Breastfeeding can be a great way to get your relationship with Baby off on the right foot, but that doesn’t mean there won’t be a few bumps along the way. If the early part of your breastfeeding journey has been challenging, try to remember to be patient with yourself and with Baby – you’re both trying something totally new, after all!


Sources
  • Helathwise staff. “Nipple shields for breastfeeding problems.” Michigan Medicine. Regents of the University of Michigan, March 16 2017. Retrieved November 28 2017. http://www.uofmhealth.org/health-library/abp4569.
  • Catherine Watson Genna. “Tongue-Tie and Breastfeeding.” La Leche League International. La Leche League International, Leaven. 38(2): 27-29. April-May 2002. Retrieved November 28 2017. http://www.llli.org/llleaderweb/lv/lvaprmay02p27.html.
  • Ayala Ochert, Suzanne Colson. “Breastfeeding: Instinct or Instruction?” La Leche League International. La Leche League International, New Beginnings, 26(2): 32-33. 2009. Retrieved November 28 2017. http://www.llli.org/nb/nbmarapr09p32.html.
  • Mayo Clinic Staff. “Breast-feeding tips: What new moms need to know.” Mayo Clinic. Mayo Clinic, November 23 2010. Retrieved November 28 2017. https://www.mayoclinic.org/healthy-lifestyle/infant-and-toddler-health/in-depth/breast-feeding/art-20047138.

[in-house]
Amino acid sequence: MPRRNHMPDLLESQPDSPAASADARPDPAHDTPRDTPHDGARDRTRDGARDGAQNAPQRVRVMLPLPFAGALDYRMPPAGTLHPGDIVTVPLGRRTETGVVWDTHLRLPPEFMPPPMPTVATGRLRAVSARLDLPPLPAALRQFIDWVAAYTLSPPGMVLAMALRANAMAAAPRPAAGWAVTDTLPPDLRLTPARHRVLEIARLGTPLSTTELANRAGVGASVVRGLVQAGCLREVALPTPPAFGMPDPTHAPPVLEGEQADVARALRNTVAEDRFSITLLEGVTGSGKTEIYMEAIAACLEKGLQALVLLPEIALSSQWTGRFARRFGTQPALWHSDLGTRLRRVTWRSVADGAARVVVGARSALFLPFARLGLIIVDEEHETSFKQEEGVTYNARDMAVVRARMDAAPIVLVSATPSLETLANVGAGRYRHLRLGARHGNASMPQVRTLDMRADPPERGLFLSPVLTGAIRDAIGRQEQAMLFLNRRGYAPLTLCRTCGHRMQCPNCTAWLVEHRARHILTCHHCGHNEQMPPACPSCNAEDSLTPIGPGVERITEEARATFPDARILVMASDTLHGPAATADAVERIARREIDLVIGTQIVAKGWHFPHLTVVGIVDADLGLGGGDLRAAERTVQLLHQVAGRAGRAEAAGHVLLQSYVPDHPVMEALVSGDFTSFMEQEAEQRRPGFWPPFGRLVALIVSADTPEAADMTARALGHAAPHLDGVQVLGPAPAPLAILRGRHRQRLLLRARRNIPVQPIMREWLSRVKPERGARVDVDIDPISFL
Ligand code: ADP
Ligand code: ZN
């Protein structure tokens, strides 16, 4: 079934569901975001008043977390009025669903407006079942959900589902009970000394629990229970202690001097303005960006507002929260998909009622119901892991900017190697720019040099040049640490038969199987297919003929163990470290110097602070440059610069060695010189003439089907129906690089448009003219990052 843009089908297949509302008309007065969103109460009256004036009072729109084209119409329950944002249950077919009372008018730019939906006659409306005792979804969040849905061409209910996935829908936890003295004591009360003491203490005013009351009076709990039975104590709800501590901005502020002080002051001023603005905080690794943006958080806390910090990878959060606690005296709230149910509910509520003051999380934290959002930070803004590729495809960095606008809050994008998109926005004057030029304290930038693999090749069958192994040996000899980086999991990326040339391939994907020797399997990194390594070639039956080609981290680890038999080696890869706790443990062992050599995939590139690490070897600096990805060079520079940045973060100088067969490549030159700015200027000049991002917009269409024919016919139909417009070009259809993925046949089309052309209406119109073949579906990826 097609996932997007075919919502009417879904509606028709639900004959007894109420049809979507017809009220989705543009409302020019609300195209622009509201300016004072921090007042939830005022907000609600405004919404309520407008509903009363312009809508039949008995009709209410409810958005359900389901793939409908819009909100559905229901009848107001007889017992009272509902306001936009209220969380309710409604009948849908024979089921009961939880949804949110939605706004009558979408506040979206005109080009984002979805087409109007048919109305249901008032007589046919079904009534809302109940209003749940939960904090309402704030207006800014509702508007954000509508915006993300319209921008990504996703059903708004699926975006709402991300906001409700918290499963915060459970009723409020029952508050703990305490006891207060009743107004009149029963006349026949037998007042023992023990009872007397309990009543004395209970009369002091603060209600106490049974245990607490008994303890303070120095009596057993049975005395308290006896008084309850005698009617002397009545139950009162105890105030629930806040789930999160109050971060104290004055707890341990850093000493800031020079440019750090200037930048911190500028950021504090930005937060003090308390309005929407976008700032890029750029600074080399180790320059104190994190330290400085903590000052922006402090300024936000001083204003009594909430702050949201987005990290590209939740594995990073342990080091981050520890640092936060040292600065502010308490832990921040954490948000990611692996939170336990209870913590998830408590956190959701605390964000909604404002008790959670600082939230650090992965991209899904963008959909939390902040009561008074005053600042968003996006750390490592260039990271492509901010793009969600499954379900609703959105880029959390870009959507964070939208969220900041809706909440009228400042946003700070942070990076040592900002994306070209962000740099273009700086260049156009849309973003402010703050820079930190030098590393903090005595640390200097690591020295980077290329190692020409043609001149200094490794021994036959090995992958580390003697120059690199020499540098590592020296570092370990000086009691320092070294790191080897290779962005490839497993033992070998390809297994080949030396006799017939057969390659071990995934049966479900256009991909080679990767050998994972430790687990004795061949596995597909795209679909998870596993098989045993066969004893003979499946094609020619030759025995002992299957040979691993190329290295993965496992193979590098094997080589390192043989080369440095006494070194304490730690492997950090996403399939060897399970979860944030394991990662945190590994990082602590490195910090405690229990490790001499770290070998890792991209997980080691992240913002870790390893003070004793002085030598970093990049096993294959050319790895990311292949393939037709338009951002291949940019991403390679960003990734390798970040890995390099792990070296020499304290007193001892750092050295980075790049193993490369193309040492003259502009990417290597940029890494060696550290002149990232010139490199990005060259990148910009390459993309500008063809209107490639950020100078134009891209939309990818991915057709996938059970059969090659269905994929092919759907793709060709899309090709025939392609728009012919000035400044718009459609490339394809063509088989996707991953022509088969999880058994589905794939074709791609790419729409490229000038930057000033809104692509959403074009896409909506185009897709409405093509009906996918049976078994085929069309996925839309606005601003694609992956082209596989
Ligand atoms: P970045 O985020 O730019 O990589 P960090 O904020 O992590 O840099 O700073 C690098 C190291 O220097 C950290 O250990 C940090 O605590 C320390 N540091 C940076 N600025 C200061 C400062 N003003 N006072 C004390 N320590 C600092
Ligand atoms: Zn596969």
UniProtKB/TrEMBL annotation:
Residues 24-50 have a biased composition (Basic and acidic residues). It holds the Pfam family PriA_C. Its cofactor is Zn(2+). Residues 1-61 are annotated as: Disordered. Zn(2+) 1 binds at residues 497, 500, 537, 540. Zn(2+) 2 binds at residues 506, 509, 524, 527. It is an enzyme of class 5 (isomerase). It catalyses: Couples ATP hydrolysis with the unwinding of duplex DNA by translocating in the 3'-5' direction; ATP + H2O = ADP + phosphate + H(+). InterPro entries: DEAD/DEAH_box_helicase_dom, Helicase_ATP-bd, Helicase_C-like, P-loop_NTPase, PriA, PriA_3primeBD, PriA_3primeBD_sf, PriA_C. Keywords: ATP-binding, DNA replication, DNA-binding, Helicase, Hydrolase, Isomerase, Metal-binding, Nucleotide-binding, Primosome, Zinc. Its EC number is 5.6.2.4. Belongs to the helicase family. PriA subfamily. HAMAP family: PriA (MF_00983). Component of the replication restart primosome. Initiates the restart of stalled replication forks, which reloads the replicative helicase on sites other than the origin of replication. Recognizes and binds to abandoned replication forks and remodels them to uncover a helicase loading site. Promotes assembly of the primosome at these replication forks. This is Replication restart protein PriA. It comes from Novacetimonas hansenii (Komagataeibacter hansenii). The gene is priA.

• “How do I position my baby to breastfeed?” La Leche League International. La Leche League International, November 16 2014. Retrieved November 28 2017. http://www.llli.org/faq/positioning.html.
  • “Laid-back breastfeeding.” La Leche League International. La Leche League International, The Womanly Art of Breastfeeding, Chapter 20. 2010. Retrieved November 28 2017. http://www.llli.org/docs/0000000000000001WAB/WAB_Tear_sheet_Toolkit/01_laid_back_breastfeeding.pdf.
  • “My doctor says I have flat nipples. Can I still breastfeed my baby?” La Leche League International. La Leche League International, January 9 2016. Retrieved November 28 2017. http://www.llli.org/faq/flat.html.